Common Questions You May Have About Your Next Massage
Jul 25, 2017
With massages, perhaps more so than with other wellness practices, issues of etiquette take a front seat. There is an unspoken level of intimacy that is inherent with receiving a massage that brings up some questions that are unique to massage. Because we want you to have peace of mind when scheduling your appointment, we’ve pulled together some issues and questions that you might be mulling over, but are hesitant to ask.
Q: Can I request a female or male therapist?
A: Of course. However, we urge you to be a little open-minded. Though male massage therapists only make up around 18% of all massage therapists in the US, and both men and women tend to request females for their massage, there are good reasons to think otherwise. For one, males tend to have greater upper body strength, eliminating the concern that your massage won’t feature enough pressure.
Q: Is it okay to get completely undressed? Or is it okay to leave some clothing on?
A: Our massage therapists can work with whatever level of undress you’re comfortable with. However, if you have tightness in your lower back, hips, or buttocks, leaving on underwear will make it more difficult for the therapist to work with that area. The majority of our clients do disrobe completely, although some do opt to leave on thong-style underwear. Rest assured that in North America, licensed massage therapists are required to make sure that you are always properly covered by a sheet or towel.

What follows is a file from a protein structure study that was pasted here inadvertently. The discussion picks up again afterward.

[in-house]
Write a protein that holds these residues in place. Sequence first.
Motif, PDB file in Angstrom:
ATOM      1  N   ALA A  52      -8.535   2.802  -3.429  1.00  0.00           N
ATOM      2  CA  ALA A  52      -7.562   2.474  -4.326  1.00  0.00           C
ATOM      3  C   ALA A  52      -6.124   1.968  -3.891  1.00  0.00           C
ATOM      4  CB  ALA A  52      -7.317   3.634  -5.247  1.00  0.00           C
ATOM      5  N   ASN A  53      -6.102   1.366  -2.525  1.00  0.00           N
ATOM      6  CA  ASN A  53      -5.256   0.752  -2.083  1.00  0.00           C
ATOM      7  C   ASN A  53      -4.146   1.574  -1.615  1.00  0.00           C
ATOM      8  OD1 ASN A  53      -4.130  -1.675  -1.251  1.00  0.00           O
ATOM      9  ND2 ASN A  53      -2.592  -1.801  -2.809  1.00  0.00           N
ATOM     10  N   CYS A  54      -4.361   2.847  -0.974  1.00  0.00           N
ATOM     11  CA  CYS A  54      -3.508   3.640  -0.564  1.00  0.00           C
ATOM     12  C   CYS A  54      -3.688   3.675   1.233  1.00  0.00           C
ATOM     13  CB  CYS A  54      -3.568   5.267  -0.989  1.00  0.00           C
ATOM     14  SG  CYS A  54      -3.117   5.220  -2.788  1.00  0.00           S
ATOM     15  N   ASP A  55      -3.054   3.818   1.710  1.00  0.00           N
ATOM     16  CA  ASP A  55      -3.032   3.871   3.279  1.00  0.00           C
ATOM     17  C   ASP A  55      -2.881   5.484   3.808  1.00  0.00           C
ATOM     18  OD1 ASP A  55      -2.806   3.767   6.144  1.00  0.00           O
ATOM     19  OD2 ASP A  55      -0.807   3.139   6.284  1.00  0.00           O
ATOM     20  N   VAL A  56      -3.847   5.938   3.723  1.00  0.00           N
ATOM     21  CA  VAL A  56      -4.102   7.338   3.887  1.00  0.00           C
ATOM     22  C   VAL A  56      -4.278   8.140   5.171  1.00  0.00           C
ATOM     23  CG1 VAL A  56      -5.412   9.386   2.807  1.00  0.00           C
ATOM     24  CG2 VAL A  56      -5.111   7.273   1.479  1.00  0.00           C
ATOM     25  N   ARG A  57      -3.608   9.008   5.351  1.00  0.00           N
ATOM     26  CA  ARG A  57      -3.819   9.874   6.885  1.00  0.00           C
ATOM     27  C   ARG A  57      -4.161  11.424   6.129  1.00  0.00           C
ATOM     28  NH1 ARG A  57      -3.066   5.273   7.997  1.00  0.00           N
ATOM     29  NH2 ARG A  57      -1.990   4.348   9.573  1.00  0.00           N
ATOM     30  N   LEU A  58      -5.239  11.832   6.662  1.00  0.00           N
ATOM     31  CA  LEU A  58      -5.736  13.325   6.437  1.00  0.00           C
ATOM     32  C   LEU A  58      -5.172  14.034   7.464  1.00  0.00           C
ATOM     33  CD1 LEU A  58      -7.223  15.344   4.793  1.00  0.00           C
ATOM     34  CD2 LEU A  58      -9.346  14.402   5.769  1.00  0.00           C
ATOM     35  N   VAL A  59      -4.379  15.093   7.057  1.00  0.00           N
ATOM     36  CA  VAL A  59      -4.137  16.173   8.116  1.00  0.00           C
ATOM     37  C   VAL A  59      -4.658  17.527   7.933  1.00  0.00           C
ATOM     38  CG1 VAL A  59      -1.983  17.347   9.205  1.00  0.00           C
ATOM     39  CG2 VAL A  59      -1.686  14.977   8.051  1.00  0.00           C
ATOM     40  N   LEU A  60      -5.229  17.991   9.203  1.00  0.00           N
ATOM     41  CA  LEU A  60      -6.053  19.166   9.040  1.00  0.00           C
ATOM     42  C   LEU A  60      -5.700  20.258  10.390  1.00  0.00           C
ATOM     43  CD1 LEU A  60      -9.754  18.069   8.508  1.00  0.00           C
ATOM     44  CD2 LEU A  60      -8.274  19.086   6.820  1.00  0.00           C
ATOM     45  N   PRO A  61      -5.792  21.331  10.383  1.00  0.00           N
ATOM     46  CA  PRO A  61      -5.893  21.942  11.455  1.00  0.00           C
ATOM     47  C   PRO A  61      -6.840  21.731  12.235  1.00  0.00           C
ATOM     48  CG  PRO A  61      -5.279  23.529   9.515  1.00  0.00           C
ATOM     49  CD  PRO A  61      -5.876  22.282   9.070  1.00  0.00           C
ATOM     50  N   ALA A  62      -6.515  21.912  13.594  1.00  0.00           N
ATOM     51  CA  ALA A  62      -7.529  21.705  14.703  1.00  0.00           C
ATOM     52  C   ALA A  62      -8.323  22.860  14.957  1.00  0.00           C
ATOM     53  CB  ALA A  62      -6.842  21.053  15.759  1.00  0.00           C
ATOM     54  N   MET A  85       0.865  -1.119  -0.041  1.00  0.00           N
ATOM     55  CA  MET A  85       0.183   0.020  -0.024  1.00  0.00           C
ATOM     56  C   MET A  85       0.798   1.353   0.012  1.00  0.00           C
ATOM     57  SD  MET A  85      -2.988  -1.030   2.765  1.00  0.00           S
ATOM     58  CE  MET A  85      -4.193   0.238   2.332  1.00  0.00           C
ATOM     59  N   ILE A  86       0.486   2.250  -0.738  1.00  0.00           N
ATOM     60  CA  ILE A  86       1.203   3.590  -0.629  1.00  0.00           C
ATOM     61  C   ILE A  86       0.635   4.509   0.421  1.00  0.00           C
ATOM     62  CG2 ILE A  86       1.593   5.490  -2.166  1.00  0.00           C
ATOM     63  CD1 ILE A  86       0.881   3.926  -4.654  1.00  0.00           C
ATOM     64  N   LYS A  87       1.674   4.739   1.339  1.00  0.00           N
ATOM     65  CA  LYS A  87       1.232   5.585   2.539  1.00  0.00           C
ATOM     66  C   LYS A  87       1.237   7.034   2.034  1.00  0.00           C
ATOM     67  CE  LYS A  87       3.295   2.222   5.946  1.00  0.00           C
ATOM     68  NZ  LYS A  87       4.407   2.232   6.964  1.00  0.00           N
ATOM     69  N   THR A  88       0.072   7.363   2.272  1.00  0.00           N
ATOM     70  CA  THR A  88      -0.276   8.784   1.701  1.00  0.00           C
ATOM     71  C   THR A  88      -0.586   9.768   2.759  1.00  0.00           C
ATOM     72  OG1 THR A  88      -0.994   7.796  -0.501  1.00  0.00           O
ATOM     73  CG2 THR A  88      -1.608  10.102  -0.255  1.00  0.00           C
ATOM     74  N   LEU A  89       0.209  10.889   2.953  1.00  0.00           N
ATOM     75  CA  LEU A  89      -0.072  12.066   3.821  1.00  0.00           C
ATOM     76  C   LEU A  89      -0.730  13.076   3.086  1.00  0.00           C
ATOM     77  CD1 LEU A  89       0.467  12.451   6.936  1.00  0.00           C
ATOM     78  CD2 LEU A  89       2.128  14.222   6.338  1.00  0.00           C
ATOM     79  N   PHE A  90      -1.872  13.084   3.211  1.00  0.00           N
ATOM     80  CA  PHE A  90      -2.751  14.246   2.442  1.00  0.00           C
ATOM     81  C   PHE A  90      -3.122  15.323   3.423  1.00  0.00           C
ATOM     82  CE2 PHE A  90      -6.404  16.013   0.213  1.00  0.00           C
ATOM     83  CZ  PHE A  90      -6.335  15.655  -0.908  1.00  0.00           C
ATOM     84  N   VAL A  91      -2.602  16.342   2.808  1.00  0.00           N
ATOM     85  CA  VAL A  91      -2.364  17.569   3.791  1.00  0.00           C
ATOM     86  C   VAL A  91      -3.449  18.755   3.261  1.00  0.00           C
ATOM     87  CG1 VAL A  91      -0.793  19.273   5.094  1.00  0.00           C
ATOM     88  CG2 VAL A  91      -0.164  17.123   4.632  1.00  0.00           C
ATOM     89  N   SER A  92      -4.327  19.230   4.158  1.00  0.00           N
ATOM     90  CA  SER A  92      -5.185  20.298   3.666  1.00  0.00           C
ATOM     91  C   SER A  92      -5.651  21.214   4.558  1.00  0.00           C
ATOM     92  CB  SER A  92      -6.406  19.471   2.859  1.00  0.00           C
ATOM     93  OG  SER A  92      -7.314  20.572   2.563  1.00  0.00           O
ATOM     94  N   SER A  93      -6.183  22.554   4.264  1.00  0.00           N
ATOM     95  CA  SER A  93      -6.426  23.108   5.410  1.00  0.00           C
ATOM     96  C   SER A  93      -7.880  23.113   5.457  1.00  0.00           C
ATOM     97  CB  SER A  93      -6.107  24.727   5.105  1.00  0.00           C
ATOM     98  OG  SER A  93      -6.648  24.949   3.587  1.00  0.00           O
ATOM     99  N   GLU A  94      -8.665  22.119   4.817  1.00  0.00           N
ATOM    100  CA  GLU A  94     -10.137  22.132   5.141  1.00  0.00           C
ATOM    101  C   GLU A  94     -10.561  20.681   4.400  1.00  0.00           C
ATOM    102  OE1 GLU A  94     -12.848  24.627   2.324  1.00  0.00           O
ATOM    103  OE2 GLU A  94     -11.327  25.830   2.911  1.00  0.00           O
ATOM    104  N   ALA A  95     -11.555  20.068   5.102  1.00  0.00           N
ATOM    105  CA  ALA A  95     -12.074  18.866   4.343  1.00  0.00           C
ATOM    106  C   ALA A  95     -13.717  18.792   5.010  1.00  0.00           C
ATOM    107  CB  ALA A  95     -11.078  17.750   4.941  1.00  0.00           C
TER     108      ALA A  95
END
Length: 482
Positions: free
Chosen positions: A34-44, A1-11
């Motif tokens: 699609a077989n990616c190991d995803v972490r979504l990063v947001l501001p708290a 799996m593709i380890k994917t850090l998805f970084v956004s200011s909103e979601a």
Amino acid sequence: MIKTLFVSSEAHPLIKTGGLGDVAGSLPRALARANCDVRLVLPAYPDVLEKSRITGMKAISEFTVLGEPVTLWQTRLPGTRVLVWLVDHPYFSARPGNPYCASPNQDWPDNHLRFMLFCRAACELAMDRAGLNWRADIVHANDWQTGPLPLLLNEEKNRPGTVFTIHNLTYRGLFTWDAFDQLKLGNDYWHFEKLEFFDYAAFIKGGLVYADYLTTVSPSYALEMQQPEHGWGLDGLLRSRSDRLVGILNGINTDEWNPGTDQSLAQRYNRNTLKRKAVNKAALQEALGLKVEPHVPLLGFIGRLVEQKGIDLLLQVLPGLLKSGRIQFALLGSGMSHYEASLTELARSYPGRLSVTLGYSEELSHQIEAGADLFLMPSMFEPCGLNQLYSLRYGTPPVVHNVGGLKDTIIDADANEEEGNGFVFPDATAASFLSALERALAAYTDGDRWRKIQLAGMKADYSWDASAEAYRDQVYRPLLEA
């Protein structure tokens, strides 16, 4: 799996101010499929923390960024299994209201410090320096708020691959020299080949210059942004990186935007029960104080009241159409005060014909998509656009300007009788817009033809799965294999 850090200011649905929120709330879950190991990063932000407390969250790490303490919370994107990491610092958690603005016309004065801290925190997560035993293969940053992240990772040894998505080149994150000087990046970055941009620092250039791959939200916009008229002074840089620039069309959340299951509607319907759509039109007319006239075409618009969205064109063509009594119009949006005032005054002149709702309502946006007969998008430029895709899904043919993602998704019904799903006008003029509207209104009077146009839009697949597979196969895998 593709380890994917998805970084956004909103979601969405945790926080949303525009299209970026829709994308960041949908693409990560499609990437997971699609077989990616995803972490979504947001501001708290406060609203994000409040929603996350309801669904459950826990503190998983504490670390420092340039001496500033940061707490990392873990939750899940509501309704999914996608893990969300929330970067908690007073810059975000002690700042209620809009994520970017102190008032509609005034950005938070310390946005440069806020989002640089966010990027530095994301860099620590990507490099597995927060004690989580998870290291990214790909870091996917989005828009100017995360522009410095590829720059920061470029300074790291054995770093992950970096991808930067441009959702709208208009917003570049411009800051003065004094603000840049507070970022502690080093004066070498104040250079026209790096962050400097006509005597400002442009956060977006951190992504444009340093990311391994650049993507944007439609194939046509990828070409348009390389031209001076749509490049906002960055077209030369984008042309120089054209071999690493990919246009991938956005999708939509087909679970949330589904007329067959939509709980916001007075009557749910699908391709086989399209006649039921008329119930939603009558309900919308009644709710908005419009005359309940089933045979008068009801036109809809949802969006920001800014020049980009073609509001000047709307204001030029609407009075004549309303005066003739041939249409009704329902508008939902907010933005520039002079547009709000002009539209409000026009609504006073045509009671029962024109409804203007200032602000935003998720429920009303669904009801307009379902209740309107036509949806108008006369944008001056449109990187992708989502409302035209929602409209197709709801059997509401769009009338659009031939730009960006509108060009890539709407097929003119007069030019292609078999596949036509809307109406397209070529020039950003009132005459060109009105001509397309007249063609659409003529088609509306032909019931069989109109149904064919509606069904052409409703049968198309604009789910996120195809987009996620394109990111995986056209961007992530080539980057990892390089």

Q: On that note, what if I’m very self-conscious about a certain part of my body?
A: Whether you have scarring from an injury or surgery, have severe body acne or another skin ailment, or are self-conscious about your body hair, it’s okay to ask your massage therapist to simply avoid that area. Rest assured, however, that massage therapists have seen and worked with many different body types, AND people’s insecurities. It’s pretty certain that the area of your body that you’re nano-obsessed with won’t even make them think twice. Their focus is on making sure your muscles and tendons get treated, not on your misshapen toes.
Q: What if I pass gas?
A: Embarrassing? Maybe. Shocking? No way. Common occurrence? Definitely. Massage stimulates the digestive system, and passing gas is a natural part of that process. In fact, it actually helps us realize that we’re doing our job well. However, if you’re truly stressed about it, avoid eating right before your appointment (especially a large meal), and hit the bathroom beforehand.
Q: Do I have to chat during my massage?
A: A good massage therapist will take your lead on the flow of conversation, or lack thereof. This is your massage, your experience, and your call. You should, however, definitely speak up if you’d like a change in massage pressure, have any questions, or forgot to mention something during the consultation. Don’t feel like you have to make conversation – after all, this is a massage, not a social function.
In short, keep in mind that there is very little about you or your body that will make your massage therapist think twice. Aside from their desire to improve your wellness and healing, our therapists do this work because they have a great respect for the human body, with all of its quirks and oddities.